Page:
However, I have to say that Diarmuid Gavin’s garden in partnership with Harrods – The Harrods British Eccentrics Garden (Silver-Gilt) – was just the cream on the cake for me. Diarmuid is one of the most likeable guys in the business and he isn’t afraid to do wacky or off-the-wall stuff. My sense of fun was certainly catered for with his revolving topiary, swirling flower beds take on William Heath Robinson. Domed topiary, spring flowering perennials and roses danced in the sun – quite literally – making this one of my favourite gardens.


Another garden bringing a lift to the heart and let’s admit it, is really what gardening for the majority of us is all about, is Anne-Marie Powell’s RHS Feature Garden for the RHS Greening Grey Britain campaign. She perfectly encapsulates the mood to get people into gardening with a feature garden (not judged) oozing with ideas, fun, practicalities and the important message that plants enrich our lives and have the capacity to lift our hearts. (pictured above, a corner of the feature garden.) Rather inspirational of the RHS to choose Anne-Marie to present this feature as her lively personality shines through this garden with lots of ideas, from both a structural and planting point of view. A joy to the heart.


We couldn’t help returning again and again to the Winton Beauty of Mathematical Garden (above) designed by Chelsea Physic head gardener Nick Bailey. (Silver-Gilt). This garden, so carefully planted, is bursting with plants of the Southern Hemisphere and Mediterranean planted with precision and not overpowered by hard landscaping which I felt on some gardens was a drawback this year.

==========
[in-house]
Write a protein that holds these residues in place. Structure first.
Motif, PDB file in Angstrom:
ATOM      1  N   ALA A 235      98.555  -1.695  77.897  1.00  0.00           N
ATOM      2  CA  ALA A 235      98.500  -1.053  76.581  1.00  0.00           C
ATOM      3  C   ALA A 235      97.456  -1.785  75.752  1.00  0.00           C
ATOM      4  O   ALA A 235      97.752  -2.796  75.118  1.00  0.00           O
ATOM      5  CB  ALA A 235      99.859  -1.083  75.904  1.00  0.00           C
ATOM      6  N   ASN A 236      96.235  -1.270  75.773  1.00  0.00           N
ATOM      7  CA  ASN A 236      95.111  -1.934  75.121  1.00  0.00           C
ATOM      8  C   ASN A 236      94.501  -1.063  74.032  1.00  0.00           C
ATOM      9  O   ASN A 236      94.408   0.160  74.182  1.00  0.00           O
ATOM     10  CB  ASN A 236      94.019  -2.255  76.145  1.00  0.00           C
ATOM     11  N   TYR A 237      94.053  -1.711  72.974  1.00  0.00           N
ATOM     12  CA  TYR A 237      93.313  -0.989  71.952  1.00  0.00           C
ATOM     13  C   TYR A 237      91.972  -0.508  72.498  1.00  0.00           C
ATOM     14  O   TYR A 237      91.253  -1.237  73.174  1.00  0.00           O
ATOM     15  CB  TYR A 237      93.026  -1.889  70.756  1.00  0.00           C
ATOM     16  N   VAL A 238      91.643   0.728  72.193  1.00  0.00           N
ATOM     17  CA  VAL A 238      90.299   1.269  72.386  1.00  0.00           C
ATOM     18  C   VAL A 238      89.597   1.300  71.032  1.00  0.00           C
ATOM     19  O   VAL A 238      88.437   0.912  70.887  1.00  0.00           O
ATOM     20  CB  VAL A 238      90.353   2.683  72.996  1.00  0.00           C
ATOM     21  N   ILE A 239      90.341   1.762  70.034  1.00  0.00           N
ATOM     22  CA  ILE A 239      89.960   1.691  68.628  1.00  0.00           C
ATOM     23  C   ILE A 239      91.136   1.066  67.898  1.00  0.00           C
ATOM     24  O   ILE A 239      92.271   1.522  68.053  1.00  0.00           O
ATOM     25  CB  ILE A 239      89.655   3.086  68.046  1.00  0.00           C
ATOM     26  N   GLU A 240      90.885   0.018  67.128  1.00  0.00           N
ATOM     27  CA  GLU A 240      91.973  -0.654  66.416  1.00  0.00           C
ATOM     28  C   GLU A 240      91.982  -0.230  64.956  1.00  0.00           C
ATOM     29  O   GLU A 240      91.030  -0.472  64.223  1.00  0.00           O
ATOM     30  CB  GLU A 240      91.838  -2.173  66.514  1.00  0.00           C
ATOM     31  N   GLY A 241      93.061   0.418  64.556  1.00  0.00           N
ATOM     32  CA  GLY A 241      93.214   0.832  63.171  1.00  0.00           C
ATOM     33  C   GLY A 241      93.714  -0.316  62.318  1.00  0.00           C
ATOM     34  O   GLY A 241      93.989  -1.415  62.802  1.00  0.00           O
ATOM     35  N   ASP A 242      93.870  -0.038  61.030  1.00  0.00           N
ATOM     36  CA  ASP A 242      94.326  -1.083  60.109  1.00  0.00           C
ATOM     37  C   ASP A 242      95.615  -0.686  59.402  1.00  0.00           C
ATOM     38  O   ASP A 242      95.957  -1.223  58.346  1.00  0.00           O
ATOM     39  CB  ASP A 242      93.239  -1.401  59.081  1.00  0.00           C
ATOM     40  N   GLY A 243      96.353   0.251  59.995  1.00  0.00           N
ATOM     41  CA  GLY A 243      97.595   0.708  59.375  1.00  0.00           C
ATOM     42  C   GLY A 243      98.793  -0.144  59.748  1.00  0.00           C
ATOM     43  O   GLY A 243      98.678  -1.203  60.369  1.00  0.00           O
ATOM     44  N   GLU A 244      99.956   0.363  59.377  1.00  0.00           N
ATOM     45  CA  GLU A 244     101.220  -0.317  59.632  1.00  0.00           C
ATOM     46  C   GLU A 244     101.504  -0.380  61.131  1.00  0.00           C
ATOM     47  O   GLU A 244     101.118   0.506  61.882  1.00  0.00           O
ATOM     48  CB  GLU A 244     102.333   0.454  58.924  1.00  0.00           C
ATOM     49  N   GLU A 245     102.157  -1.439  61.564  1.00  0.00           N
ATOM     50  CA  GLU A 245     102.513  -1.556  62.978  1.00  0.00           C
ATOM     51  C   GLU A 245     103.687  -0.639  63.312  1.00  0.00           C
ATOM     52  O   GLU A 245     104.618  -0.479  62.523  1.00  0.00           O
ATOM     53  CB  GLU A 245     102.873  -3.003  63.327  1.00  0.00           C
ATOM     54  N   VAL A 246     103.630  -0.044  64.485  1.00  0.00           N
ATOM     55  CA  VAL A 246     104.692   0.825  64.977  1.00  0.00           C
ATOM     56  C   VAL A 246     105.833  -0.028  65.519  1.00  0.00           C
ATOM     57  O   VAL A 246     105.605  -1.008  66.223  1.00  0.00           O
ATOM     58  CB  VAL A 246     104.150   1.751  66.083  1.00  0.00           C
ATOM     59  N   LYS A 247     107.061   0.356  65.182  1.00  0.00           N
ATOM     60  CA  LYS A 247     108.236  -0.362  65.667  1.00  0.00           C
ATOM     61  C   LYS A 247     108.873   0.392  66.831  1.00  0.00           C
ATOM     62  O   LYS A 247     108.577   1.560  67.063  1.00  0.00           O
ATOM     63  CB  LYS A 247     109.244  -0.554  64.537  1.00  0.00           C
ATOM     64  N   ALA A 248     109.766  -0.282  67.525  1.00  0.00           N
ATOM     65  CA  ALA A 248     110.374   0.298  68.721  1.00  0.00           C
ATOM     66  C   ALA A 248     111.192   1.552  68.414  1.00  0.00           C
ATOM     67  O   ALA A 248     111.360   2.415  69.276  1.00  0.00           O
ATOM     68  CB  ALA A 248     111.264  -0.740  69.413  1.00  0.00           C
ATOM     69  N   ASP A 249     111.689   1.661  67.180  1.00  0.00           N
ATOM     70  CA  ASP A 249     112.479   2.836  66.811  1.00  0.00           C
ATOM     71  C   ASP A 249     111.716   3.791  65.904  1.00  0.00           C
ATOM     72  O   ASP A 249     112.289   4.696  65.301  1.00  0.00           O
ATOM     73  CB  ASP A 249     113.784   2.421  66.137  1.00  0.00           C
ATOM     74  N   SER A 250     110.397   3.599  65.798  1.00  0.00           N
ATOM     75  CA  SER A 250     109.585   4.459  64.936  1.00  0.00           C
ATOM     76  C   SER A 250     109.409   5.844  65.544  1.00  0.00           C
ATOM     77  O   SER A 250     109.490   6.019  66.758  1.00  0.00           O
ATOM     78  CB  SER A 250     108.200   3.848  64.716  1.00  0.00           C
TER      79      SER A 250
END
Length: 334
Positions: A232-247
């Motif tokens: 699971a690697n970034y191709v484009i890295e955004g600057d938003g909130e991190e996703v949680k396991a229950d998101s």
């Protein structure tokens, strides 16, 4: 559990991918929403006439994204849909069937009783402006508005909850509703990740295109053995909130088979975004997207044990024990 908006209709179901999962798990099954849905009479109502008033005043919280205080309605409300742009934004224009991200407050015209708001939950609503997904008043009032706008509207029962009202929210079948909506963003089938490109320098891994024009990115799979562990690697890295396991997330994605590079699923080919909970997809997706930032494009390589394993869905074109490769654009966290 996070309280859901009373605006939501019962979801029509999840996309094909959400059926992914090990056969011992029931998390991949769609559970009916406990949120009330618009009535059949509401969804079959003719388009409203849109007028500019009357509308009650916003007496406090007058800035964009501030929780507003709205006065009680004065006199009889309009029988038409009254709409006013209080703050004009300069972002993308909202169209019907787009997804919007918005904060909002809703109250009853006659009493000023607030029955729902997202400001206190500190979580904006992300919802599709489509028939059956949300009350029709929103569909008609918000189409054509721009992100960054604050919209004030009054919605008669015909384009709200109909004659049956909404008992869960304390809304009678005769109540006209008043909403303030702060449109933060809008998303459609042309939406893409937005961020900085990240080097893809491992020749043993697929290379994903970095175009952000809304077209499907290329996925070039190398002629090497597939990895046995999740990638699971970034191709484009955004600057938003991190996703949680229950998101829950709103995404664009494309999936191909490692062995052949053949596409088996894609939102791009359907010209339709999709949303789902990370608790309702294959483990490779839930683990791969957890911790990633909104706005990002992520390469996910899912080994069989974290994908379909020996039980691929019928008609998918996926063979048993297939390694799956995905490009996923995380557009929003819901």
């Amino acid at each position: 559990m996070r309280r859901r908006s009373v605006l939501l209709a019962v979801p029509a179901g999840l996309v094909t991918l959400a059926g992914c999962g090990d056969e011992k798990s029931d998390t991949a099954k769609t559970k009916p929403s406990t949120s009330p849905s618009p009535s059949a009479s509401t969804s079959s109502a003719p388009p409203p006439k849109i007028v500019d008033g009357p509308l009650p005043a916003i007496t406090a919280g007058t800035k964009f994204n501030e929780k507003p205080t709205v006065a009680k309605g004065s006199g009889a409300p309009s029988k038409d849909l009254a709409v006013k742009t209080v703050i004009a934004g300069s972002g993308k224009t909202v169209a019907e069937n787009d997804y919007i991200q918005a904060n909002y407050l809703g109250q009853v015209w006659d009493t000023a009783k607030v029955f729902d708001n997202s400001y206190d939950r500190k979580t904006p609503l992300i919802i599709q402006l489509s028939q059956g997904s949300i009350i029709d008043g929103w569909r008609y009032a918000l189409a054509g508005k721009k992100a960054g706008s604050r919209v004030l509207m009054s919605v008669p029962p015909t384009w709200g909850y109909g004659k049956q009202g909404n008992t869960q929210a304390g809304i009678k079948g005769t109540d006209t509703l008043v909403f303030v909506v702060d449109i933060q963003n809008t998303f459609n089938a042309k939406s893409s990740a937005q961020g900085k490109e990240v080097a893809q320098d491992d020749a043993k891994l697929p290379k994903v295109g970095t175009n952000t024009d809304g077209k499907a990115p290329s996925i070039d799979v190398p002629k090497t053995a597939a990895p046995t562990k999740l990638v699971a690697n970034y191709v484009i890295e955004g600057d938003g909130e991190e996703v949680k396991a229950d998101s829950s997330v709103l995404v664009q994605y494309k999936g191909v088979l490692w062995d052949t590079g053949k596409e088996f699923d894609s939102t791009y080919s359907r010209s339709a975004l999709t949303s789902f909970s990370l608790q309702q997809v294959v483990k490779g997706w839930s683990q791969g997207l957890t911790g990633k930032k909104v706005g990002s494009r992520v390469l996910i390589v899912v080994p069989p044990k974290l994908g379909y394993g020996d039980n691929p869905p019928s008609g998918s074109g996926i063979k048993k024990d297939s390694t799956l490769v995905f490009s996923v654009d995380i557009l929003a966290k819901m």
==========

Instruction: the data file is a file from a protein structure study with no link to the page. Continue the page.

I liked the formal, relaxed feel to Charlie Albone’s ‘Husqvarna Garden’ (Silver-Gilt) and felt at home with Paul Martin’s Vestra Wealth Garden of Mindful Living (pictured above), which I felt was very clever with its centralised main planting. (Gold)

Catherine MacDonald’s garden for Hartley Botanic (Silver-Gilt) depicts a walled garden with a signature glasshouse. Here is another garden with so much to discover, with its cool, relaxed feel, shady planting and delightful glasshouse containing all manner of wondrous things.

Rosy Hardy’s first Chelsea show garden ‘Forever Freefolk’ (Silver) explores the fragility of our rare chalk streams with its planting echoing the changing landscape from dry river bed to grassland and more lush areas at the source.

Sam Ovens tackles the difficult triangular plot at Chelsea with his garden for Cloudy Bay (Silver-Gilt). No boundaries with this garden (which can be viewed on three sides) with a planting palette of mainly heathers, pines and grasses. After the show, elements of this design will be donated to Horatio’’ Garden.

Young designer, Hugo Bugg’s garden for the Royal Bank of Canada (Silver-Gilt) draws inspiration from the Mediterranean pine habitat of Jordan. The Watahan East & West Garden (Silver) designed by Chihori Shibiyama and Yano Tea brings together the opposites in planting of Japan and England whereas Matthew Wilson’s design ‘God’s Own Country’ a garden for Yorkshire, showcases the county’s wealth of stunning scenery and iconic heritage (Silver).


The St John’s Hospice – a Modern Apothecary Garden’ (above) demonstrates Jekka McVicar’s skill and knowledge at its best. Awarded a Silver-Gilt I thought this garden was worthy of a Gold with its combination of native plants and grasses, herbs and lavender lined path. Beautifully constructed and lots to see and understand.

Hay Joung Hwang’s garden for LG – ‘the LG Smart Garden’ – will appeal to the technophobes with its demonstration of how technology can be used in the garden (Silver-Gilt) with a design representing a Scandinavian lifestyle garden.

Too much hard landscaping for me this year tended to dominate the planting on some of the show gardens. Those designers who achieved the perfect blend and balance are the Gold medal winners and rightly so.

As one colleague commented, Chelsea is the haute couture of gardening where very few can purchase the gardens but many will take away inspiration from a myriad of planting scenarios, long may it be so.

Photo credits: All photographs are ©2016 EJCampbell Photography, Reckless Gardener.